Latest California Healthline Stories
Health experts say the little-used benefit represents a lost opportunity for older adults to improve their health — and for the program to save money by preventing costly complications from diabetes and chronic kidney disease.
One in 12 older Californians struggle to find enough food to eat while the federal program intended to help hasn’t kept pace with the graying population. That’s worse than the national average, with particularly high numbers in the San Jose and Riverside areas.
As the Indian government reluctantly loosens its prescription opioid laws after decades of lobbying by palliative care advocates desperate to ease their patients’ pain, the nation’s sprawling, cash-fed health care system is ripe for misuse.
What began in India as a populist movement to bring inexpensive morphine to the diseased and dying poor has paved the way for a booming pain management industry. Now, new customers are being funneled to U.S. drugmakers bedeviled by a government crackdown back home.
Kaiser Health News gives readers a chance to comment on a recent batch of stories.
What changes are needed to bring home dialysis to more patients — especially older adults, the fastest-growing group of patients with serious, irreversible kidney disease? We asked nephrologists, patient advocates and dialysis company officials for their thoughts.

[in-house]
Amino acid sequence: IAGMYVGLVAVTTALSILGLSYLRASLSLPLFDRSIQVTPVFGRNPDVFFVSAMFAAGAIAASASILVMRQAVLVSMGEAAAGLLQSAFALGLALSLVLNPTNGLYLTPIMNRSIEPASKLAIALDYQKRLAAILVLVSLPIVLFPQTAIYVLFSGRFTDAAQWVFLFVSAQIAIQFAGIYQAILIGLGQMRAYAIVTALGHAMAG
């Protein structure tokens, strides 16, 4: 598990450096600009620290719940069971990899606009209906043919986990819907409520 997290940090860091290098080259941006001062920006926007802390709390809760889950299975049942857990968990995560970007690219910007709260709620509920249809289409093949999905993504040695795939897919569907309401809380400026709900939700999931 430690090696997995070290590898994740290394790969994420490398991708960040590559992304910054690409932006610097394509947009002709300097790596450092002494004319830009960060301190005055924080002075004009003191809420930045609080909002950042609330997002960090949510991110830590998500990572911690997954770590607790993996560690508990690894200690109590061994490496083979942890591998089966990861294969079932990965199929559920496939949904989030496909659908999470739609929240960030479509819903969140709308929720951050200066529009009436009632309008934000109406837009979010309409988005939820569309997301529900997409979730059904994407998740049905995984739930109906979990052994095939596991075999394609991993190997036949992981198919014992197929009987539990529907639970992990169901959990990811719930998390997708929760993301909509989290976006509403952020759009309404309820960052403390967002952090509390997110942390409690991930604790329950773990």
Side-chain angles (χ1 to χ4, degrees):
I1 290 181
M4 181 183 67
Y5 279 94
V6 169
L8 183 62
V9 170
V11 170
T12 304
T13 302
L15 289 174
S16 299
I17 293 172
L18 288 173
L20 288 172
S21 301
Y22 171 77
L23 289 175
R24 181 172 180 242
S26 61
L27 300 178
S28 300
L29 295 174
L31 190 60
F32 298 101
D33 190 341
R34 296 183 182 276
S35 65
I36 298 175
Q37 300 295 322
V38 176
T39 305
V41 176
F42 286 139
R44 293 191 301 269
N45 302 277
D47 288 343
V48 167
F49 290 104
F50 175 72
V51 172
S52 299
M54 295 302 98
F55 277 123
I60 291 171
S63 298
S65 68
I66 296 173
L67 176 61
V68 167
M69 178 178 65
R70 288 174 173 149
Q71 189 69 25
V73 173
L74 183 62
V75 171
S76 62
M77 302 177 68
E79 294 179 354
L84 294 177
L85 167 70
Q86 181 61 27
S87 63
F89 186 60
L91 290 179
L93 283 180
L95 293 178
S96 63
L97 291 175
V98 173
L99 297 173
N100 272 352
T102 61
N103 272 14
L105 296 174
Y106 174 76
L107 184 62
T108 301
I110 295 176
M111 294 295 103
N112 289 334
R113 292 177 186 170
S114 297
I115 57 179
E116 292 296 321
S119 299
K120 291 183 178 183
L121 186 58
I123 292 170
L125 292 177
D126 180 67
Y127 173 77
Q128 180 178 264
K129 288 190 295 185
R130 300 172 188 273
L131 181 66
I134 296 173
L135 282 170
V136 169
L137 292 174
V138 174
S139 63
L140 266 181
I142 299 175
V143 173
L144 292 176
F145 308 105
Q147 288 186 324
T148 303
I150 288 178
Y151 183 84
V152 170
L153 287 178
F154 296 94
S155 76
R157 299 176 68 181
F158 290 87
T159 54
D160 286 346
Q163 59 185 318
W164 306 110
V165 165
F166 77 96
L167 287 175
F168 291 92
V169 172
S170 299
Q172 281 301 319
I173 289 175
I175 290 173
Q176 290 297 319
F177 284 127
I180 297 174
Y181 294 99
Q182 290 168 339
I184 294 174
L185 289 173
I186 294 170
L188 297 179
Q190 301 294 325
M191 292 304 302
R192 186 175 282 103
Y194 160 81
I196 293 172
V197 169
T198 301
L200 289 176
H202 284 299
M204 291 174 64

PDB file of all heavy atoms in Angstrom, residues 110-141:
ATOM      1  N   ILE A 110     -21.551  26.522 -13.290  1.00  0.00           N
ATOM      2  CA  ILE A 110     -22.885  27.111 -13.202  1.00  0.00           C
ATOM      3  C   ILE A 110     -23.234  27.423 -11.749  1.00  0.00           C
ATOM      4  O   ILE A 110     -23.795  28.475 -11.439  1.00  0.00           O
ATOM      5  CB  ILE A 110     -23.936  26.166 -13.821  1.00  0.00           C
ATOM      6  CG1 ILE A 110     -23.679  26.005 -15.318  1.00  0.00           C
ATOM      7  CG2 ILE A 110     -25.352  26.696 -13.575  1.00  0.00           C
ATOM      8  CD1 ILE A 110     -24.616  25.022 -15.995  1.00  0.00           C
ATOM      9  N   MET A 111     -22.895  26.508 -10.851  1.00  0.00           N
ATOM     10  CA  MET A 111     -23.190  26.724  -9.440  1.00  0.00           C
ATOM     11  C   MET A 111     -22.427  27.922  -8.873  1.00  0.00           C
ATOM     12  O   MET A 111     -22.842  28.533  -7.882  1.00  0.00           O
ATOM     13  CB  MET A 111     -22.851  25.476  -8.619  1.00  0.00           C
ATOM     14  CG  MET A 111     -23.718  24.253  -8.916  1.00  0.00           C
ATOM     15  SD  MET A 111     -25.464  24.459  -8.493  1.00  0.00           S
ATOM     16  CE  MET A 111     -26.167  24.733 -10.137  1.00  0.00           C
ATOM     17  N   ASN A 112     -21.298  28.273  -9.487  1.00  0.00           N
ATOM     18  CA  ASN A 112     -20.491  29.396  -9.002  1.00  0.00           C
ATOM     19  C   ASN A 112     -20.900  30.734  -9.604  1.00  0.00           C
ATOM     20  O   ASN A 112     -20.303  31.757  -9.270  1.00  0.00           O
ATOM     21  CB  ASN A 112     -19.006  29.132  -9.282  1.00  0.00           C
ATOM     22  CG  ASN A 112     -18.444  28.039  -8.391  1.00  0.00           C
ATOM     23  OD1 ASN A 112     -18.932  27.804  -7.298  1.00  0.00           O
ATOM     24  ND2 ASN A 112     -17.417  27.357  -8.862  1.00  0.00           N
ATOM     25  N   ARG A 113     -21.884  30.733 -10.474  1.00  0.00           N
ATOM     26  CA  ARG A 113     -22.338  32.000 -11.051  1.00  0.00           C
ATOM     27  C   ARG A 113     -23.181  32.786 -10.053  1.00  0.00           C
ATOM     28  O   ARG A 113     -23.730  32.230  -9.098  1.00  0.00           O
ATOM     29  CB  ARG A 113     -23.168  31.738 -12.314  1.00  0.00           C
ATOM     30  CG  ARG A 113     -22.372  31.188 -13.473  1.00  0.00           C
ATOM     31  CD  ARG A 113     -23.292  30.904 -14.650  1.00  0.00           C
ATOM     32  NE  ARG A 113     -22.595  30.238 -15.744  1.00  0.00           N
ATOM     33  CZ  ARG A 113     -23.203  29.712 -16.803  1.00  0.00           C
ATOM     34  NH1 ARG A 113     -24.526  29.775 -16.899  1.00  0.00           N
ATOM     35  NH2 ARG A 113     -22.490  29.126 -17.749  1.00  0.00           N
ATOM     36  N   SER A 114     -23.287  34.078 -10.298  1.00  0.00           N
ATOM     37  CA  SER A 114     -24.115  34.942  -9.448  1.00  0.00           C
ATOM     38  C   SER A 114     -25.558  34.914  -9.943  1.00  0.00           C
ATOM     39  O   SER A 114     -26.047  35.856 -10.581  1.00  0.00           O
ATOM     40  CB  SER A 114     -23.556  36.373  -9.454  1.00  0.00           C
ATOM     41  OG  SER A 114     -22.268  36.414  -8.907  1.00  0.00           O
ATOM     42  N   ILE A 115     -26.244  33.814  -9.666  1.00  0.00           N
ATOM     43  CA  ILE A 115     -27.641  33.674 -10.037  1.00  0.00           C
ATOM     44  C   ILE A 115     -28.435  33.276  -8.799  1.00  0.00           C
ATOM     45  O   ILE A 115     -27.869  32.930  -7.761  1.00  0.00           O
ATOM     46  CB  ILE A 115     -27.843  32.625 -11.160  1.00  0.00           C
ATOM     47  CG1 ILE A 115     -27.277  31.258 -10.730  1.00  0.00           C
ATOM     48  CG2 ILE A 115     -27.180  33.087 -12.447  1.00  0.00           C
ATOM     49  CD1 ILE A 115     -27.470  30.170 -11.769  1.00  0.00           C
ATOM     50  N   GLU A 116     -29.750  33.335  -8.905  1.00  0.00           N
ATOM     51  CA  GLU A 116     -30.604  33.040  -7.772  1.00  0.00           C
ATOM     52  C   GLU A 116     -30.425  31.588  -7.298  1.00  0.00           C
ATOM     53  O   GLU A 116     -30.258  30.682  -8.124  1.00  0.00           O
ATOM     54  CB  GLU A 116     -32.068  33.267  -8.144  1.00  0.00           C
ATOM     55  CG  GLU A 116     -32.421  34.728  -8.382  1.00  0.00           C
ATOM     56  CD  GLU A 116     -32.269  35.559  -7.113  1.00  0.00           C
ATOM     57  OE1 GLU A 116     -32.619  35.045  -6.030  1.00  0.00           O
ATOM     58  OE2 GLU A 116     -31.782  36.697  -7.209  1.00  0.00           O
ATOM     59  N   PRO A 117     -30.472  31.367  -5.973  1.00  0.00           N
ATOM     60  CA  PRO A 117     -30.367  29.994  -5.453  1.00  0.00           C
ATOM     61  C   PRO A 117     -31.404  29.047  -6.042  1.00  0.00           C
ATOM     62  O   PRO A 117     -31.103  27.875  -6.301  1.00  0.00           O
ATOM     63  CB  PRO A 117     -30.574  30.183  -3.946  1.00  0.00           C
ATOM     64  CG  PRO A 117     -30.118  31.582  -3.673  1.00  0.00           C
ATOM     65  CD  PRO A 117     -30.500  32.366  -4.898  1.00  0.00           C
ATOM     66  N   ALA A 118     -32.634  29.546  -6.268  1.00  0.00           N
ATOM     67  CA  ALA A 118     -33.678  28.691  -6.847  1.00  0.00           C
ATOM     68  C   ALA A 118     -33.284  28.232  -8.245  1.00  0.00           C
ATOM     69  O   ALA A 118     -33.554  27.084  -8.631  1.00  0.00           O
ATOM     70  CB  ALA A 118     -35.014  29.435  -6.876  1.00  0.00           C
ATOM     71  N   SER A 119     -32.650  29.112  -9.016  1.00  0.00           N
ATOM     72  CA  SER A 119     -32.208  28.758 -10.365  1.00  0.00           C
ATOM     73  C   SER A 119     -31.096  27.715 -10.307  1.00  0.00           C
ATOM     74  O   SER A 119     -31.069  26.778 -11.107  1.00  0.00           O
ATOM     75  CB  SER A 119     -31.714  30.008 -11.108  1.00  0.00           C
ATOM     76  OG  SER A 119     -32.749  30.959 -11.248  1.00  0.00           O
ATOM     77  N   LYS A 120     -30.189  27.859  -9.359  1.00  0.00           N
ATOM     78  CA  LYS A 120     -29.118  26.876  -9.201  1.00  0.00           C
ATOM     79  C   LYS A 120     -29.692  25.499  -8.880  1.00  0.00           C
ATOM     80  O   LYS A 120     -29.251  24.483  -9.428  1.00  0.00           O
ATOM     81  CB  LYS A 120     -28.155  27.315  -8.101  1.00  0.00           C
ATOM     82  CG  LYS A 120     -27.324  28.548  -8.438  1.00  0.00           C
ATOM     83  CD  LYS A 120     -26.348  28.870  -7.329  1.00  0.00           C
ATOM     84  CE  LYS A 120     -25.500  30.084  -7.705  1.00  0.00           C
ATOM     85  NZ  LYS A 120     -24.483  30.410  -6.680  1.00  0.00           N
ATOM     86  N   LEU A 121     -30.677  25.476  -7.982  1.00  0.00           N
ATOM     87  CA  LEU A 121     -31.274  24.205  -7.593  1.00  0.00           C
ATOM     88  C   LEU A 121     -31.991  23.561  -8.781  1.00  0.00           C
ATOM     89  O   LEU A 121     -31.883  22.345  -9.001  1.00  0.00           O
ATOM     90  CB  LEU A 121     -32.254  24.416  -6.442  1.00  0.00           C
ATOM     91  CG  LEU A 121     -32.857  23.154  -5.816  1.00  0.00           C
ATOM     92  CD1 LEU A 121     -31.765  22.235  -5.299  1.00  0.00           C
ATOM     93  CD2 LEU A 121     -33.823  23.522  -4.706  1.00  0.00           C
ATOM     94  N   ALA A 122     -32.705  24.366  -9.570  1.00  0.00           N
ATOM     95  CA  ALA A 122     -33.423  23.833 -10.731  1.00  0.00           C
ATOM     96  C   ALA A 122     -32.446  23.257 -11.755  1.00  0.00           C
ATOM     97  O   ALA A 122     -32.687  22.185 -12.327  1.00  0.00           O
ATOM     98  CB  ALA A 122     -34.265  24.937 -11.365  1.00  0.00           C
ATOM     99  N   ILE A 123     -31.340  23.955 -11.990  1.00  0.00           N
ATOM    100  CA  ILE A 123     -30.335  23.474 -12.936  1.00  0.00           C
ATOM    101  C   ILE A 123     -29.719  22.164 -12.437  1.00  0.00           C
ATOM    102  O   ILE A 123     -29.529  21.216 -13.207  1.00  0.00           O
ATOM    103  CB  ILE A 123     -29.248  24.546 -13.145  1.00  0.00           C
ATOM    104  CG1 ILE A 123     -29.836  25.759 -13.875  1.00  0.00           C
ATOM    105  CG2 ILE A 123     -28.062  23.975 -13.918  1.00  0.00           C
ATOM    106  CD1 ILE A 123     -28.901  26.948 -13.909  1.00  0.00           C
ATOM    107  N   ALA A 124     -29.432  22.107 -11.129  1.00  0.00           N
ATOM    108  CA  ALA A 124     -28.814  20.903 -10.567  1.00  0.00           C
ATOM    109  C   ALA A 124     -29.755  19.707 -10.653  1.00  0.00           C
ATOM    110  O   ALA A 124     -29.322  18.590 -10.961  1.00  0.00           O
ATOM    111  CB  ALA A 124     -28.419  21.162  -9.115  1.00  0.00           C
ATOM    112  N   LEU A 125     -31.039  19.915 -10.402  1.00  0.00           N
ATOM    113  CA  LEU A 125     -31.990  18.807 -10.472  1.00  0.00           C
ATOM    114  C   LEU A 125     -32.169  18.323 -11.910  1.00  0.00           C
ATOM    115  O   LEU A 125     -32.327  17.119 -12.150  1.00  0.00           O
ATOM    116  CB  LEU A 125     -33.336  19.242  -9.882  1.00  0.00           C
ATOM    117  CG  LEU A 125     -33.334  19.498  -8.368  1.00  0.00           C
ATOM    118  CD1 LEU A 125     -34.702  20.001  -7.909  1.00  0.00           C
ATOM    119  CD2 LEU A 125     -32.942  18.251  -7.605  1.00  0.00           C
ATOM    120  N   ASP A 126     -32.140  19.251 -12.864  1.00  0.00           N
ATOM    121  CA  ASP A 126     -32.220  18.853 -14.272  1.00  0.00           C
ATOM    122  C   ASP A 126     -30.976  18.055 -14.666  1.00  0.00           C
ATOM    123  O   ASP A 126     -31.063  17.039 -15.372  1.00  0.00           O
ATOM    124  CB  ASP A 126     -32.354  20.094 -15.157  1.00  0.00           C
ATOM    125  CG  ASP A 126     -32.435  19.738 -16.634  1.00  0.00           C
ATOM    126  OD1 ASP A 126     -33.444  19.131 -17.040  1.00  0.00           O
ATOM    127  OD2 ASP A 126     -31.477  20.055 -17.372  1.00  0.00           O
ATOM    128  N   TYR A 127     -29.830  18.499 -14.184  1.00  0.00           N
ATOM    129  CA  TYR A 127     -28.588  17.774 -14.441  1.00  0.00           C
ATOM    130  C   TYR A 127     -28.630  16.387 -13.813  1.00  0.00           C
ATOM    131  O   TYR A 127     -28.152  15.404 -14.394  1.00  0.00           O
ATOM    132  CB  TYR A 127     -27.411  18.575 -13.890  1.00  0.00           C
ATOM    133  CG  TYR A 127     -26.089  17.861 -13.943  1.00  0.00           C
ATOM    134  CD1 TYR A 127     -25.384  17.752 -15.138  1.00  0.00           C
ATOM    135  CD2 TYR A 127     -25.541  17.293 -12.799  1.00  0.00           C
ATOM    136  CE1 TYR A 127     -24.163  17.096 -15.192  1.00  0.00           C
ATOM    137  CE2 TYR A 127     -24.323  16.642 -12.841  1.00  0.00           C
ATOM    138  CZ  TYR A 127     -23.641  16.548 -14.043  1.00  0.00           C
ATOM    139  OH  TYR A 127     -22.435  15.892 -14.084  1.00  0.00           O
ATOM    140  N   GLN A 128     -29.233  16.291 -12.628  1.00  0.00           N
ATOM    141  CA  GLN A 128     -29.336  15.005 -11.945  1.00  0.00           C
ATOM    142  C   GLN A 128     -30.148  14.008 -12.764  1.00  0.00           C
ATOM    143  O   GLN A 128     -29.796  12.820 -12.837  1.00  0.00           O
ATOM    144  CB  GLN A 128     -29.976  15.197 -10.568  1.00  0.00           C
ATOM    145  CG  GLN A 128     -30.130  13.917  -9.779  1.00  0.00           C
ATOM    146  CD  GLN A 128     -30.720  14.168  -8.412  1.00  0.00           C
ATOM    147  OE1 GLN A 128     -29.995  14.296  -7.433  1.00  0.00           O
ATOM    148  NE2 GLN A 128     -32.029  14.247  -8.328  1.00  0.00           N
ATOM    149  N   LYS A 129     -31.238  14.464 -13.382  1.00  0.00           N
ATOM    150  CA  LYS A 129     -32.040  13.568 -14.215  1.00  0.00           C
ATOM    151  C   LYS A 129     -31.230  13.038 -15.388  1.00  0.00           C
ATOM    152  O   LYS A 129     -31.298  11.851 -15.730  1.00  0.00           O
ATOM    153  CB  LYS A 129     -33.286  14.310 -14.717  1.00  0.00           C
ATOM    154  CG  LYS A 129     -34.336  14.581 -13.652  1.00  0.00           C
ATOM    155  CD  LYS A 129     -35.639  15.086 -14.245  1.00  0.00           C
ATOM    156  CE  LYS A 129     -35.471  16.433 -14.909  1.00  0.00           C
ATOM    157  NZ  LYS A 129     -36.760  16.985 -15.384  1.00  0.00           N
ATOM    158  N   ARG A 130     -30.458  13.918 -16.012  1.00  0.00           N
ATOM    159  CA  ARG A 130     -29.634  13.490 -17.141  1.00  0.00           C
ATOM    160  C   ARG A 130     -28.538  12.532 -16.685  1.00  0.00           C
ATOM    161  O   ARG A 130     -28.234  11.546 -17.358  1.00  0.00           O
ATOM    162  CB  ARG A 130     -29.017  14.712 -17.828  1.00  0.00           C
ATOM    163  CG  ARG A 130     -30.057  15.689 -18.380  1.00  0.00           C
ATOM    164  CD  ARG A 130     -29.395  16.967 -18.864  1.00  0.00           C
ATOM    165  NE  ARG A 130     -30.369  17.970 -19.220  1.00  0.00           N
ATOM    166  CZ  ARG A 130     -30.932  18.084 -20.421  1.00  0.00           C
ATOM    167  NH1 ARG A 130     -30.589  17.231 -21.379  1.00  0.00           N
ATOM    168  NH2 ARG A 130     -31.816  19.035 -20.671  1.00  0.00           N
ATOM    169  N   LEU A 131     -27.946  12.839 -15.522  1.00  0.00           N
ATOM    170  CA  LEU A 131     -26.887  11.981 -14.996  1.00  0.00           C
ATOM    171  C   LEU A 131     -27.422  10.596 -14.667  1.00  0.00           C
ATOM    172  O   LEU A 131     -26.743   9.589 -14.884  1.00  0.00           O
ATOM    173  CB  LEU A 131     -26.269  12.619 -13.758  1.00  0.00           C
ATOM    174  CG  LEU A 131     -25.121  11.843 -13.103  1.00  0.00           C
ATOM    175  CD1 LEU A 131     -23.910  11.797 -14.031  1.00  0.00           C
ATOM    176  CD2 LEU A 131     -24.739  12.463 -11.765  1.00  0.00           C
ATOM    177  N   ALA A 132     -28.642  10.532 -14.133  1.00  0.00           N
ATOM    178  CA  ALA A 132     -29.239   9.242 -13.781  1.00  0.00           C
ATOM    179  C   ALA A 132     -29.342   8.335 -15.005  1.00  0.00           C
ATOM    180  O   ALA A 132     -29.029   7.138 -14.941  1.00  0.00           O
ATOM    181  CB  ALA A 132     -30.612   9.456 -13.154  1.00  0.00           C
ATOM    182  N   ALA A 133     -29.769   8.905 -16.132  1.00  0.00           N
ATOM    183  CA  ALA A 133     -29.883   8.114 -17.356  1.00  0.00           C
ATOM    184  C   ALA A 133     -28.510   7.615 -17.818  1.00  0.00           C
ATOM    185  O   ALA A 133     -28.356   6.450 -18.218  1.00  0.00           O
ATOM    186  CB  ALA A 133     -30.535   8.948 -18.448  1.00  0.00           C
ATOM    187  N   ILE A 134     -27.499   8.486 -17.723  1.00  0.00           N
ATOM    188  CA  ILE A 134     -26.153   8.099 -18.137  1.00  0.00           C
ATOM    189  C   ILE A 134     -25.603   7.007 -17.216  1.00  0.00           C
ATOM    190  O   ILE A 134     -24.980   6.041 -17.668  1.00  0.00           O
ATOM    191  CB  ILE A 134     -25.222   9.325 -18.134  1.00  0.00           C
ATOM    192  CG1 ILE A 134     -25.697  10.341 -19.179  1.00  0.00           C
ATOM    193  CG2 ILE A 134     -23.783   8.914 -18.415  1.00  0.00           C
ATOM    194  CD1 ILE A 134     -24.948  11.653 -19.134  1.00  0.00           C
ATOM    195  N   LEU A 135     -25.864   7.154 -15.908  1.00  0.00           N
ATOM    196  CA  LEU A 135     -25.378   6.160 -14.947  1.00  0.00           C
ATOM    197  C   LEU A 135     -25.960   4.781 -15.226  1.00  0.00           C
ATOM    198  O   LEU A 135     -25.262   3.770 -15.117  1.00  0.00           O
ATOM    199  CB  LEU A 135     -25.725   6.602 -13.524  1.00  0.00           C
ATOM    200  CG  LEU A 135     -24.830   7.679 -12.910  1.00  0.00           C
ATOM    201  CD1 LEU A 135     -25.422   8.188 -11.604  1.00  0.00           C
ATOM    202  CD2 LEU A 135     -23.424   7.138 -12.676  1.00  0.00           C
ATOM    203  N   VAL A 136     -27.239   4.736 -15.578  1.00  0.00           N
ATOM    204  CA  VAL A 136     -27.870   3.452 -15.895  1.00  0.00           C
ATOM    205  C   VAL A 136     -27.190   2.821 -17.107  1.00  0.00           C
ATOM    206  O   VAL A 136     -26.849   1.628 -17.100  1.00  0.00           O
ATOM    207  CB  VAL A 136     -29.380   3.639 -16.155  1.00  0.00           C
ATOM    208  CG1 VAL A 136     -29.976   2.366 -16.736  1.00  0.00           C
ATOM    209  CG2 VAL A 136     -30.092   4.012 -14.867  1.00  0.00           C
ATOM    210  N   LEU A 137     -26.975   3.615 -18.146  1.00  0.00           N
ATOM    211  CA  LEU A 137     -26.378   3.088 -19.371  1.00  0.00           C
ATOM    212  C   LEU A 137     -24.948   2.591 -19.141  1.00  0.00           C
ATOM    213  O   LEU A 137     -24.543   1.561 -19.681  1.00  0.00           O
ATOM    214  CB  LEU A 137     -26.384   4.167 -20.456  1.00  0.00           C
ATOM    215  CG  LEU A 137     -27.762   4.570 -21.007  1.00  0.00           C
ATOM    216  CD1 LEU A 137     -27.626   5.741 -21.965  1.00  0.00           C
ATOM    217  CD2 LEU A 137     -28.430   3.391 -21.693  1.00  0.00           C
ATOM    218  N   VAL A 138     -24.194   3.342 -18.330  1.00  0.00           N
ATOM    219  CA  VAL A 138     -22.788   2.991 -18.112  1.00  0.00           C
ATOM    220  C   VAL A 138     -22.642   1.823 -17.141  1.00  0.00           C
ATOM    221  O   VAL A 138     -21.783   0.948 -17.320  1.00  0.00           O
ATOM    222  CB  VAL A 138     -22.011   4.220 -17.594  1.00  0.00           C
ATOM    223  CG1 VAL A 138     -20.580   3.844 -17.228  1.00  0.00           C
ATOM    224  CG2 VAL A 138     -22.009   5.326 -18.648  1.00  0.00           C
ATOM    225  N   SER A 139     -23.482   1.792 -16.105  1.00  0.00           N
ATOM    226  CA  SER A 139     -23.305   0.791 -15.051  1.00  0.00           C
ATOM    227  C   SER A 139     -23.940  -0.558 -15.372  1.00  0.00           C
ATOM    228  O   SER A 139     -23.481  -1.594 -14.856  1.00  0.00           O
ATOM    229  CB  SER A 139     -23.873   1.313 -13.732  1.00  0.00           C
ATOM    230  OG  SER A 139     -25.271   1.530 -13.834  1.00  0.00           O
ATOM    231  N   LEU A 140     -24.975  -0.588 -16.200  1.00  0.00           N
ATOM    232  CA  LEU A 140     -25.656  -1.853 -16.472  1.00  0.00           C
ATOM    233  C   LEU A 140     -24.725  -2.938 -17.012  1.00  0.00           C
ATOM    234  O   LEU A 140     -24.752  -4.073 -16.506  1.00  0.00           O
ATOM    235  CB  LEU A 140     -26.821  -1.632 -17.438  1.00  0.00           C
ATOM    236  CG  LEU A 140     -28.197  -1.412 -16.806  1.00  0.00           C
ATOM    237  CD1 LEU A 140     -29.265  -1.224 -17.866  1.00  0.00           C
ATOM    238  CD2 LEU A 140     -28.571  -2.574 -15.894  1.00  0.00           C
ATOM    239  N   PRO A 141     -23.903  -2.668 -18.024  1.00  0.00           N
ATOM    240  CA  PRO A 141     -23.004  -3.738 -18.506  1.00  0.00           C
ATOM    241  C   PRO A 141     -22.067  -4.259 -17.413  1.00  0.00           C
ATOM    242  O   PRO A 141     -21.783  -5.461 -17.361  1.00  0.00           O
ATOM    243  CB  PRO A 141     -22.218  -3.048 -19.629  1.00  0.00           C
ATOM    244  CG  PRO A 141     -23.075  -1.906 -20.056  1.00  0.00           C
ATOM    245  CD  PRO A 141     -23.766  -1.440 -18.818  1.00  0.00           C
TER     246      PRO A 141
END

People with diabetes say they’ve been waiting for years for better technology to manage their chronic condition. Tired of waiting, some tech-savvy, do-it-yourselfers are constructing their own devices using open-source programming instructions.
California’s stem cell agency, created by a $3 billion bond measure 15 years ago, is almost out of money. Its supporters plan to ask voters for even more funding next year, even though no agency-funded treatments have been approved for widespread use.
After journalists investigate, Fresenius, one of the largest dialysis providers in the U.S., has agreed to waive a half-million-dollar bill. Sovereign Valentine, from Plains, Mont., said it’s a “huge relief.”
When it comes to physician-administered infusion drugs, doctors sometimes have a financial reason for their choice and patients often aren’t aware of cheaper options.